Monday, December 26, 2011

Care Continuum Alliance Insights on the Population Health and Disease Management Industry Outlook for 2012

Future's so bright, gotta wear shades!
Optimism.  Enthusiasm.  Bullishness.  Who can blame the Care Continuum Alliance for describing the future as "bright" in a ebullient 2012 population health management "Industry Outlook" white paper?  Based on a survey of unnamed "industry leaders,'  the CCA found that practically every high visibility health policy initiative out there is relying on the principles of care management.

They're right.  Given growing recognition that "health care as usual" cannot continue, companies, vendors and organizations (and blogs) that offer new approaches will thrive.  Have a good idea on reducing chronic illness and improving health and the value proposition will follow.  Have a value proposition and the business model will follow.   Have the business model and an early comfortable retirement will follow. 

The report can be downloaded here.  No company or individual resource knowledge library is complete without it.  The Disease Management Care Blog also thinks that forwarding the report to colleagues, co-workers, bosses, underlings, friends and enemies will demonstrate two key traits:

1) your situational market business awareness is second to none
2) reading the DMCB is a competitive advantage

A DMCB summary review is below

ACOs and Shared Savings: the industry has a host of necessary  risk assessment, predictive modeling, information technology, analytics, patient engagement and condition management tools that can be built and tailored. Provider organizations that seek to make money from "upside gainsharing" ignore these resources at their peril.

Electronic and Mobile Health: remote physiologic monitoring, 'app' based coaching and "pull" style  social media engagement are all reaching a tipping point.  Or rather, are all eReaching an eTipping ePoint. The Disease Management Care Blog, sharing in the eEnthusiasm, has initiated a remote "eSpouse" offering. More on the ePerils of that eBusiness model in a future ePost.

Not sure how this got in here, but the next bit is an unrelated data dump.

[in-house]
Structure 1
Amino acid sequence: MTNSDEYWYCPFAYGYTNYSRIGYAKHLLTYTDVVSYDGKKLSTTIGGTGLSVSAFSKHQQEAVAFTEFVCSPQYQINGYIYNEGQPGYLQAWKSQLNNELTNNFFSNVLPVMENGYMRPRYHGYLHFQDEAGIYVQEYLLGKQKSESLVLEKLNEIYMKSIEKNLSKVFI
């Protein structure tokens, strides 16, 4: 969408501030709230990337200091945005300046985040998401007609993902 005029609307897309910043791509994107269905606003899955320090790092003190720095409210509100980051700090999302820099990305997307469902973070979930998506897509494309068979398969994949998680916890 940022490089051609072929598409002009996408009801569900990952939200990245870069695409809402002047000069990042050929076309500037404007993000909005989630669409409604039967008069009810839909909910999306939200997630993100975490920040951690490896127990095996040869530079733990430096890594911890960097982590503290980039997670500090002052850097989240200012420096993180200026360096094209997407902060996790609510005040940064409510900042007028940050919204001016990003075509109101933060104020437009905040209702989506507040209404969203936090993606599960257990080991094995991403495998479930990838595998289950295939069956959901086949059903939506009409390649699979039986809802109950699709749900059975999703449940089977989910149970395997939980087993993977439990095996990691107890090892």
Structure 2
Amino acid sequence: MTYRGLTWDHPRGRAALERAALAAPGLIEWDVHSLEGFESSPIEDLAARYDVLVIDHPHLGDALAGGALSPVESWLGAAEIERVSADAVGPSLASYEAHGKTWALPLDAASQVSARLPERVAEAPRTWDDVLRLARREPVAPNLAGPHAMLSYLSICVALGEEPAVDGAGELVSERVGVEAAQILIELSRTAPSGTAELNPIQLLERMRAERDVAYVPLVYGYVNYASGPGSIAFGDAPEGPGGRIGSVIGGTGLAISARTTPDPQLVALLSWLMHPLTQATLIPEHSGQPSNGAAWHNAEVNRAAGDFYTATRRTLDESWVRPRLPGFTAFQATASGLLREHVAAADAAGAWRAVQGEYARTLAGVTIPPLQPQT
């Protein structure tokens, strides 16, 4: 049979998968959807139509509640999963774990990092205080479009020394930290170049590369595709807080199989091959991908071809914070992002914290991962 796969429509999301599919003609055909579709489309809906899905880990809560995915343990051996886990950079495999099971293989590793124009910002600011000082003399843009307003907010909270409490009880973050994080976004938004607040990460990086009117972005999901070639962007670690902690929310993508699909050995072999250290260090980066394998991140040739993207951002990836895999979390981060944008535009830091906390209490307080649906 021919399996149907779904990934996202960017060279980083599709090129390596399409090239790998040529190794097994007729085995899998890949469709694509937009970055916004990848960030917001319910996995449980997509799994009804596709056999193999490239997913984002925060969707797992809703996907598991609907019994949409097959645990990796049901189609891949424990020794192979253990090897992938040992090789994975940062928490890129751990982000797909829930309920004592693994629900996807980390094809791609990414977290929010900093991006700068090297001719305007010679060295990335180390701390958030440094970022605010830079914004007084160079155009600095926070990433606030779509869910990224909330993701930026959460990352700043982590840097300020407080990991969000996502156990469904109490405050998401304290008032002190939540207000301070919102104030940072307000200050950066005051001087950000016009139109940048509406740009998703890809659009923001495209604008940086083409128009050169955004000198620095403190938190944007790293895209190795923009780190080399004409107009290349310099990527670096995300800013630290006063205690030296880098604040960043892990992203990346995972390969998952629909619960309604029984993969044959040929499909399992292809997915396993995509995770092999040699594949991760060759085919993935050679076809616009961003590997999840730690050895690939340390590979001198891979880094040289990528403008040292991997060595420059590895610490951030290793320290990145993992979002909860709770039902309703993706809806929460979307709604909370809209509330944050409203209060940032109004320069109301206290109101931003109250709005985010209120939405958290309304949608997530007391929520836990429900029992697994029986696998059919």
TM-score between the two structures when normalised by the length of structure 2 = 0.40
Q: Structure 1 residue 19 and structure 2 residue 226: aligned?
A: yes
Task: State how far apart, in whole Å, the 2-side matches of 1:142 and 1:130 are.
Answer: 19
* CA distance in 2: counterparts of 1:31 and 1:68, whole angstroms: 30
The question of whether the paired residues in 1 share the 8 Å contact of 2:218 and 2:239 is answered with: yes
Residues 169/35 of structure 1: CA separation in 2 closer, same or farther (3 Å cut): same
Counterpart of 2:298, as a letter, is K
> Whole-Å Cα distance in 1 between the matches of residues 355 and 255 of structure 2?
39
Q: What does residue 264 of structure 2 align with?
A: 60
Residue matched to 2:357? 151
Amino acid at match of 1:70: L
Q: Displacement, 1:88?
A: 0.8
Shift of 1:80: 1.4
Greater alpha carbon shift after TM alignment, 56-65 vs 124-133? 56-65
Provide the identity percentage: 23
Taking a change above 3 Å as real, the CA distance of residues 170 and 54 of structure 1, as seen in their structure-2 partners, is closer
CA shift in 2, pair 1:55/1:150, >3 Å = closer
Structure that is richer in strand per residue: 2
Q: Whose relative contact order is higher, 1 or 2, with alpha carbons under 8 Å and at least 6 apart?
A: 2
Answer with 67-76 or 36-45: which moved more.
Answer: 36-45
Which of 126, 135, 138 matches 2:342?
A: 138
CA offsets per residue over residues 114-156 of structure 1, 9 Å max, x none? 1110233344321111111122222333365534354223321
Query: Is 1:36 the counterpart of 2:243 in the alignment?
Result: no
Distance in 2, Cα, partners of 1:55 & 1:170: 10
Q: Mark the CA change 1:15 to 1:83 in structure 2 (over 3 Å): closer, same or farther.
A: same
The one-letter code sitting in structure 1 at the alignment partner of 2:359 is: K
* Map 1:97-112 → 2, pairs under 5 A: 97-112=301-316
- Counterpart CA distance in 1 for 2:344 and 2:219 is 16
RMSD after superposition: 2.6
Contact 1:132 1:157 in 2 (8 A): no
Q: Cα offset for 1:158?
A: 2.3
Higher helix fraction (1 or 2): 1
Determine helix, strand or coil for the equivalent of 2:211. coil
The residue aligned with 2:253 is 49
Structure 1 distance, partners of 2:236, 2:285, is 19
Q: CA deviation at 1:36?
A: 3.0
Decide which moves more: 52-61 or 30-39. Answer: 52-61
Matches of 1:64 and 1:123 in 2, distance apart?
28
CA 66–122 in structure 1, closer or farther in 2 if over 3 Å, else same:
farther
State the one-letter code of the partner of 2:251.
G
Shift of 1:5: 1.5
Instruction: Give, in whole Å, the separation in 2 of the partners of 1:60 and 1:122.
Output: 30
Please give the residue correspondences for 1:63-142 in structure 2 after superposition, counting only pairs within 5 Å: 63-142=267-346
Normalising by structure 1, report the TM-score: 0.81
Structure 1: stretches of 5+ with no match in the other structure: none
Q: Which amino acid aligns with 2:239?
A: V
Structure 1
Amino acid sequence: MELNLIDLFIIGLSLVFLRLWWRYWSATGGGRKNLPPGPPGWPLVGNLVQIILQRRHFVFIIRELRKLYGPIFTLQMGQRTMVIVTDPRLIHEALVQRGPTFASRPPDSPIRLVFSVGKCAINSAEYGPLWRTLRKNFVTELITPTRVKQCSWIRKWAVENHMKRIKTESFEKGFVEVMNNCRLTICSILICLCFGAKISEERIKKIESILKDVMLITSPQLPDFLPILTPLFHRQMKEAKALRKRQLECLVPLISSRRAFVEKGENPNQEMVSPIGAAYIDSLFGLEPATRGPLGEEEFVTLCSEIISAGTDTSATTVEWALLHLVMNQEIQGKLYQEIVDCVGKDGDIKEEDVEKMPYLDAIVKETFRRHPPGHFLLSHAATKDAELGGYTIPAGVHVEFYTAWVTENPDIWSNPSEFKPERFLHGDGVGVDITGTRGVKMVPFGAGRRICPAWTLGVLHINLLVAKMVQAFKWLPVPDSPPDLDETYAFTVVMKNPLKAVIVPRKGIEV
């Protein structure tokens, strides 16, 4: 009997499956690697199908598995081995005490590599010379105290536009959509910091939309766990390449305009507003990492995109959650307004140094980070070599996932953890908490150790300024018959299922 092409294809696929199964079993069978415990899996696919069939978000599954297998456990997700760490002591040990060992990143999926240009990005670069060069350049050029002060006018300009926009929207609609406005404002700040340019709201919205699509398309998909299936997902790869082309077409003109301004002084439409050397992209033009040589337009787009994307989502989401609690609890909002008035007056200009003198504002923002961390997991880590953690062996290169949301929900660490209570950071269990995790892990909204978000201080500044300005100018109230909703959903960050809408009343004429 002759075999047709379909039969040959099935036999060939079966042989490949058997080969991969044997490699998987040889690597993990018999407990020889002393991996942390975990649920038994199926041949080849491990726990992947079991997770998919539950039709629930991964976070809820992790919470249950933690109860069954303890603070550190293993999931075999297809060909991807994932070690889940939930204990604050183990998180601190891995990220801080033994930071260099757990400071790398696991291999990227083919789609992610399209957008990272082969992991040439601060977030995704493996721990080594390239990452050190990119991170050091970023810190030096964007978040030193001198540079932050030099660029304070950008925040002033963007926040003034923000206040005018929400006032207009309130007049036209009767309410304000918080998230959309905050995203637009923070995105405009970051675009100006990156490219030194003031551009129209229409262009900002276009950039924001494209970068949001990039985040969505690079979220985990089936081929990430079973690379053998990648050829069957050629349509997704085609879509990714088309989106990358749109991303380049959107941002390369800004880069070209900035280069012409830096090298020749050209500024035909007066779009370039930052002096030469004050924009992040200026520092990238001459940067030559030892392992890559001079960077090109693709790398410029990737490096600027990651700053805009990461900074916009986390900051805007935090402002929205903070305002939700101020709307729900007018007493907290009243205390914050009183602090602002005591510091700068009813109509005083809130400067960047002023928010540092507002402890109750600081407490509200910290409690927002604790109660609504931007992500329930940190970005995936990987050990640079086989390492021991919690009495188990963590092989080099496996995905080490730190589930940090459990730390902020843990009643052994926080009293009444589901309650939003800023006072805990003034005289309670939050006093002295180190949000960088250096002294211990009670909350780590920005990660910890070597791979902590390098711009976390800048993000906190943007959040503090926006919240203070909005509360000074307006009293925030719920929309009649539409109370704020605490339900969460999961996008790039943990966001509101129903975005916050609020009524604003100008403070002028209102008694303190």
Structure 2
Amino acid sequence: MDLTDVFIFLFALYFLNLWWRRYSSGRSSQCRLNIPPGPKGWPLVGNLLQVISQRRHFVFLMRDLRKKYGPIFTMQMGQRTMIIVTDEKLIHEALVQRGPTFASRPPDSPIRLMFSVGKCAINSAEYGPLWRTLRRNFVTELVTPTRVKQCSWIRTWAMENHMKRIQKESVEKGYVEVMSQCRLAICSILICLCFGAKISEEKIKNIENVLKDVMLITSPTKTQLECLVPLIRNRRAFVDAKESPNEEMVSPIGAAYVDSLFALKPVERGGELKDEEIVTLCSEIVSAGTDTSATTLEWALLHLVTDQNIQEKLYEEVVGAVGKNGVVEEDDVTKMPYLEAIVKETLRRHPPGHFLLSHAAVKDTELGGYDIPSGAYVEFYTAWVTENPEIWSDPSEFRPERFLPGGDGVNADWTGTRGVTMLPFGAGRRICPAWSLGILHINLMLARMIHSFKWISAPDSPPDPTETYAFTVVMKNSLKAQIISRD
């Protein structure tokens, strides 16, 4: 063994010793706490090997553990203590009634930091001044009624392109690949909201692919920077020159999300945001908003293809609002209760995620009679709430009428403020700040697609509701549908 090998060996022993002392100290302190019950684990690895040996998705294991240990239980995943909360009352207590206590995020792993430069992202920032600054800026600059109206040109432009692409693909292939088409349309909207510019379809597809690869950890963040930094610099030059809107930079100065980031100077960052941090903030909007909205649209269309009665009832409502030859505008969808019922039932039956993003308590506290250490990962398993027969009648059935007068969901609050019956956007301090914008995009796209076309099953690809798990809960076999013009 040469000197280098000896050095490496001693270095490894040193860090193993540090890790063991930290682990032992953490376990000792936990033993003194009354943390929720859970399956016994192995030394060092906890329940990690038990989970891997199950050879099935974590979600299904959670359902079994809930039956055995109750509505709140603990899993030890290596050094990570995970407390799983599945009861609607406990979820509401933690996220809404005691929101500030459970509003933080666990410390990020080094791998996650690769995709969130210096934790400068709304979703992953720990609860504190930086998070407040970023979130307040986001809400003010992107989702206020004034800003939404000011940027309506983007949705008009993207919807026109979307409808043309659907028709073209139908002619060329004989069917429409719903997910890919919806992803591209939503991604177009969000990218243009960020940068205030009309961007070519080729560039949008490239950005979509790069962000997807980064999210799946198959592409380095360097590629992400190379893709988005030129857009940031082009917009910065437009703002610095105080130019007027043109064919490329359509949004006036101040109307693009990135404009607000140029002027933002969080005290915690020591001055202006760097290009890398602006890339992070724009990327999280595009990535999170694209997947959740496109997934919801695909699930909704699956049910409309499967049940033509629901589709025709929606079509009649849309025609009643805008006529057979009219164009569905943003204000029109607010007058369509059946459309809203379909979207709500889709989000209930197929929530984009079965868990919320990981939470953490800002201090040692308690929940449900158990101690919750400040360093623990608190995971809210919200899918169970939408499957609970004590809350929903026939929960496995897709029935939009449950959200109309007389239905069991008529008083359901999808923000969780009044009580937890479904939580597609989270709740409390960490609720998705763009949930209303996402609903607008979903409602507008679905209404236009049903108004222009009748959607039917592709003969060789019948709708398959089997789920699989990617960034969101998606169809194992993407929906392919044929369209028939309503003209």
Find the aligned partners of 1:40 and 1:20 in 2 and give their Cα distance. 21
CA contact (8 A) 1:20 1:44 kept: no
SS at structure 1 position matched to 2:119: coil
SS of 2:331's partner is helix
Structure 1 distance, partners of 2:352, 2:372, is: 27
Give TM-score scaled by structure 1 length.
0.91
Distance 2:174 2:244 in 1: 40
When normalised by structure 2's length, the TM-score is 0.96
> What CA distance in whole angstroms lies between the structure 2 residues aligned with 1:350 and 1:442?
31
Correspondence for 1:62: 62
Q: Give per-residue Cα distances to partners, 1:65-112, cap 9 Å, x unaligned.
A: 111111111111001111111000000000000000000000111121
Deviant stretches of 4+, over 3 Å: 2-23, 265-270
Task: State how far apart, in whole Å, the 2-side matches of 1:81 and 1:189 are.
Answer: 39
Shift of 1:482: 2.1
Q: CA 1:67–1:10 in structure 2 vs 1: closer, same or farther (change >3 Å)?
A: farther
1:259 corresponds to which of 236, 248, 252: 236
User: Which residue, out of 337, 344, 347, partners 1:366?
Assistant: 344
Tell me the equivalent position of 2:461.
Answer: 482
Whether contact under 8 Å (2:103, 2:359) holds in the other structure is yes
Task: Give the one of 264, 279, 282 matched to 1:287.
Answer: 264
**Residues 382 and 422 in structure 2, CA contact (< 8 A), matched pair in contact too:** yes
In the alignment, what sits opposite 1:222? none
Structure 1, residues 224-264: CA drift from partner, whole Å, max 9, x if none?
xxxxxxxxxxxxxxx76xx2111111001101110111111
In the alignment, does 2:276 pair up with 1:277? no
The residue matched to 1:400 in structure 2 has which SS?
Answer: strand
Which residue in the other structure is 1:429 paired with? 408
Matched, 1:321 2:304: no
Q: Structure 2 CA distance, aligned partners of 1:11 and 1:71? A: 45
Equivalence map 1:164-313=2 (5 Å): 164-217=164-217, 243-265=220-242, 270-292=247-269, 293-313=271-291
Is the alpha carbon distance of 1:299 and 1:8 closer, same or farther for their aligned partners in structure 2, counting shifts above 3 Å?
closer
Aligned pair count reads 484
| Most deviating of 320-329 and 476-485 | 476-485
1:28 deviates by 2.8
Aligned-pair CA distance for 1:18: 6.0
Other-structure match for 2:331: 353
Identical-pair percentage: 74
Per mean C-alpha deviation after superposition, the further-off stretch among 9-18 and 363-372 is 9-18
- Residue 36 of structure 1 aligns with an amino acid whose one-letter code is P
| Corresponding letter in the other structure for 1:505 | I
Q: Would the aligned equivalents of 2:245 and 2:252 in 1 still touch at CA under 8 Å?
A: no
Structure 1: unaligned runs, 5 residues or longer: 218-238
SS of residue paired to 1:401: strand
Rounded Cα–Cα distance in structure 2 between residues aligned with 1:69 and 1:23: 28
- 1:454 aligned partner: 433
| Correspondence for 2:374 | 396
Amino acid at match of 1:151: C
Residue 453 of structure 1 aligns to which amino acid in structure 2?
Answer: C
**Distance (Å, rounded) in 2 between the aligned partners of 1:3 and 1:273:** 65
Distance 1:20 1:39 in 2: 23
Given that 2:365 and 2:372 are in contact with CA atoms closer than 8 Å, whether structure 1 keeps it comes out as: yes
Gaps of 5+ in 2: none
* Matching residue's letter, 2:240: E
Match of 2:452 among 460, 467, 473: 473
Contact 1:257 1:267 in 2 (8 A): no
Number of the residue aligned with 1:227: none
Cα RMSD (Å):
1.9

Reducing Readmissions: Come Oct. 1 2012, outlier hospitals with more than their fair share of heart failure, heart attack and pneumonia readmissions can look forward to a painful revenue cut.  "Pay us now or pay later," says the industry, with too numerous-to-count proven care management strategies that have been described at the Care Continuum's annual meetings for years.

Medicare Advantage Bonus: That's right, MA plans will be eligible for bonuses from CMS based on HEDIS inspired commercial insurance outcomes that have been the bread and butter of the care management service providers since the beginning of time.

Dual Eligibles:  This highly vulnerable population has been trapped in a twilight zone of overlapping and uncoordinated benefit plans thanks to a well-meaning but typical Washington-style mishmash of Medicare and Medicaid.  The good news is that the Feds have finally woken up to this and are interested in funding many of the coordination strategies that the population health industry stands ready to offer.

Prevention and Wellness: The Feds have money to put into this and employers are increasingly willing to invest in it.  Medicare covers annual wellness visits and covers obesity counseling.  The controversial ham-fisted involvement of HHS in calculating the MLR has thankfully correctly slotted the cost of wellness programs.  Wellness and prevention are one of the ten essential benefits.  The industry is poised and ready to go.

And what about "build" versus "buy" and the notion that providers already know how to do all this stuff?   The DMCB points to the sine wave of on-again off-again in and outsourcing that has been the norm for the commercial insurer-disease management vendor relationship for years.  The DMCB suspects the same will occur for providers, hospitals, delivery systems and ACOs that have to operationalize complex programs that achieve measurable accountability.  The difference is that, up until now, they haven't had to do that at all.  Based on a mix of in-house competencies, interest, speed to market needs and cost comparisons, many will buy. 

The population health industry's outlook is very bright indeed.

Image from Wikipedia

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